Once I was settled with a large americano, I emailed a member of staff from the union who I knew relatively well from previous accessibility quibbles, and despite him being away from his desk for the day according to the automated reply I received, he responded within half an hour by assigning a temporary ramp to the event. A few minutes later I re-appeared in the refectory, ready to raid the clothes stall. This time a different women was over-seeing the stall, and she could not have been more apologetic or upset about what had happened. Her colleague, now nowhere to be seen, was quickly forgotten as I browsed the clothing rails. I picked up a leopard print scarf from the accessories section, and managed to find a beautiful white blouse covered in black swirls from a high-end clothes store that I could never normally afford. Feeling self-satisfied at having spent less than £5, I returned to my favourite table in the coffee shop and downed another americano and a frozen yogurt to boot.

While the attitude of the first member of staff left much to be desired, the attitudes of the man who organised the ramp and the second woman running the stall more than compensated for this. It is not the problem that causes me an issue, but the ability and willingness of people to provide a solution for the problem instead.

Sex and the Sitting.

By the title alone most of you will have guessed that this entry discusses a sensitive topic, although I will not be addressing specific and explicit details at any point. This is simply another entry discussing the taboos that surround disability, which includes the doubly taboo topic of disabled people having sex. I hope that I have dealt with this topic sensitively, and do not offend any readers.

It often surprises my friends when I tell them that I am frequently asked about my sex life because of my disability, often by relative strangers, and completely unprompted. People are intrigued to know whether sex is even possible, what position I have to be in, and whether I can satisfy my partner, and it appears that people believe they are being inclusive by asking these questions. However, if the able-bodied are entitled to privacy surrounding his or her sex life, then surely this applies to the disabled too.

Society’s obsession with sex is undeniable; a small escapade into music videos or women’s magazines will prove this. Being able to discuss sex is no bad thing under appropriate circumstances and is part of free speech, but the problem arises when people misunderstand what is meant by appropriate circumstances. Discussing sex in a sex education class, or after watching films like “Fifty Shades of Grey” which revolve around sexual activity and consent, or after reading this blog entry, is appropriate. Asking someone unprompted about sex when meeting for coffee, after you’ve just met them at a party, or on a shopping spree is not appropriate. Asking someone unprompted about sex purely because they differ from you is completely inappropriate, and yet people often look proud of themselves while asking for being so modern and unprejudiced.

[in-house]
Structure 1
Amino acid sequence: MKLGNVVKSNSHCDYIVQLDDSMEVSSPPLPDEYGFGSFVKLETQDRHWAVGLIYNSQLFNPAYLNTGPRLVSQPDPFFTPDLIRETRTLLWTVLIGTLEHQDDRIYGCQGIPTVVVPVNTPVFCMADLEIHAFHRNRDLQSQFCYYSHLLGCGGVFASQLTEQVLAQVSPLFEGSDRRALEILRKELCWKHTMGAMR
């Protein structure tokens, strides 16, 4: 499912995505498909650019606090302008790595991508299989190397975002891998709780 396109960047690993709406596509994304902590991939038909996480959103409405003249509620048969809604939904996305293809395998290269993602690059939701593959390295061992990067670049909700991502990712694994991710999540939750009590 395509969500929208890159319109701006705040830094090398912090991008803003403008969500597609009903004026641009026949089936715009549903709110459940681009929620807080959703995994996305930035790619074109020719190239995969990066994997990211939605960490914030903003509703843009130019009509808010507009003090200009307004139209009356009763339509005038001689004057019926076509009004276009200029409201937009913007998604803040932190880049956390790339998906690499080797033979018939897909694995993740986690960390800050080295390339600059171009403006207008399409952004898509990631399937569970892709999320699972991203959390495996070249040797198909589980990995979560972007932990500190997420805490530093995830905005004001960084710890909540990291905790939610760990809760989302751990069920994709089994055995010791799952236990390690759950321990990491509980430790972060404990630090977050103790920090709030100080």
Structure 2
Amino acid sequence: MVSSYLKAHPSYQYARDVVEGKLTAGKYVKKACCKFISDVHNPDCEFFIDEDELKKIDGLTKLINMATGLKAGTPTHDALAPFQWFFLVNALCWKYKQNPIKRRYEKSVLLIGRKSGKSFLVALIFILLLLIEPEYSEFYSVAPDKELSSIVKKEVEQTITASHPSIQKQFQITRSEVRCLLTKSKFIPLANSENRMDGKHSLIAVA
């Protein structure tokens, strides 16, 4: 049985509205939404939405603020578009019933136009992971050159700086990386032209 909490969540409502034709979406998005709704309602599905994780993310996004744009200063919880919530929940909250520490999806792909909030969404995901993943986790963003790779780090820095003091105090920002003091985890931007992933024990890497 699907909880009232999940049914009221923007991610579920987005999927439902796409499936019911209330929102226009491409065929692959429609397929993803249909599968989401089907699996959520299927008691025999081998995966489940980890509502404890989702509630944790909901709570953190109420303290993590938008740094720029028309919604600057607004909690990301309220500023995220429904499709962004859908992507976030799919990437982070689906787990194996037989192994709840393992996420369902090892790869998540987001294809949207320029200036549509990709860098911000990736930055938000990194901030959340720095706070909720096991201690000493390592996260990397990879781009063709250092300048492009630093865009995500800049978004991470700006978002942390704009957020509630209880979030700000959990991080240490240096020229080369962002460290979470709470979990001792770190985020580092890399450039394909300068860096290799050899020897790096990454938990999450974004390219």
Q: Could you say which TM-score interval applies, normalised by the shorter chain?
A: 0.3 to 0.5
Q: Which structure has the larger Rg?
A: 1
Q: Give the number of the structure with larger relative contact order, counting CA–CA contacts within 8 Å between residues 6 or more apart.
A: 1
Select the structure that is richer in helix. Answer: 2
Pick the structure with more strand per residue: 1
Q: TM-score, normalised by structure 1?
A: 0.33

However, despite all this, I understand why people want to know about this aspect of my life. It is not unwarranted to worry about having a future relationship with a disabled person and how to broach the subject of sex with them. So, for the record, sex is relatively uninhibited in my case although there are a few limitations, in particular around the frequency of sex. The fact that sex happens repeatedly should speak for itself on the satisfaction front.

It is worthy of note that sex differs for everyone, and this remains true for those with disabilities. While sex for some like myself differs little from the norm, some will only be capable of particular positions, or may not be able to have sex as frequently as a healthy individual. Therefore trying to evaluate the sex lives of the disabled by asking individuals is futile, as well as inappropriate. On the other hand, accepting that people with disabilities can and do have sex lives would help society to progress in recognising disabled people as equal to able-bodied individuals, and the modern and unprejudiced demeanour desired by so many would be achieved.

Pimp My Ride.

When I meet new people many of them feel very awkward about my wheelchair; they are so afraid to mention or even look at it that it quickly becomes the elephant in the room. It falls to me to break the ice, which I have several ways of doing. Sometimes I’ll use a quick one-liner to put people at ease, but a surprisingly effective technique is to positively draw attention to the wheelchair.

My first wheelchair had a dull grey metal frame, around a dull black seat, and a dull cream cushion. I quickly grew tired of people being so afraid of an awkward social situation that they would go to great lengths to avoid me, although it could always have been my personality of course, so I bought some high-visibility reflective stickers of yellow smiley faces and placed three down each side panel of the wheelchair. Where-ever I went they would make people smile, and in knowing that I was not afraid to play the fool, most developed a more welcoming attitude towards me. Children adored them and would reach out to touch them, before being whisked away by mortified parents.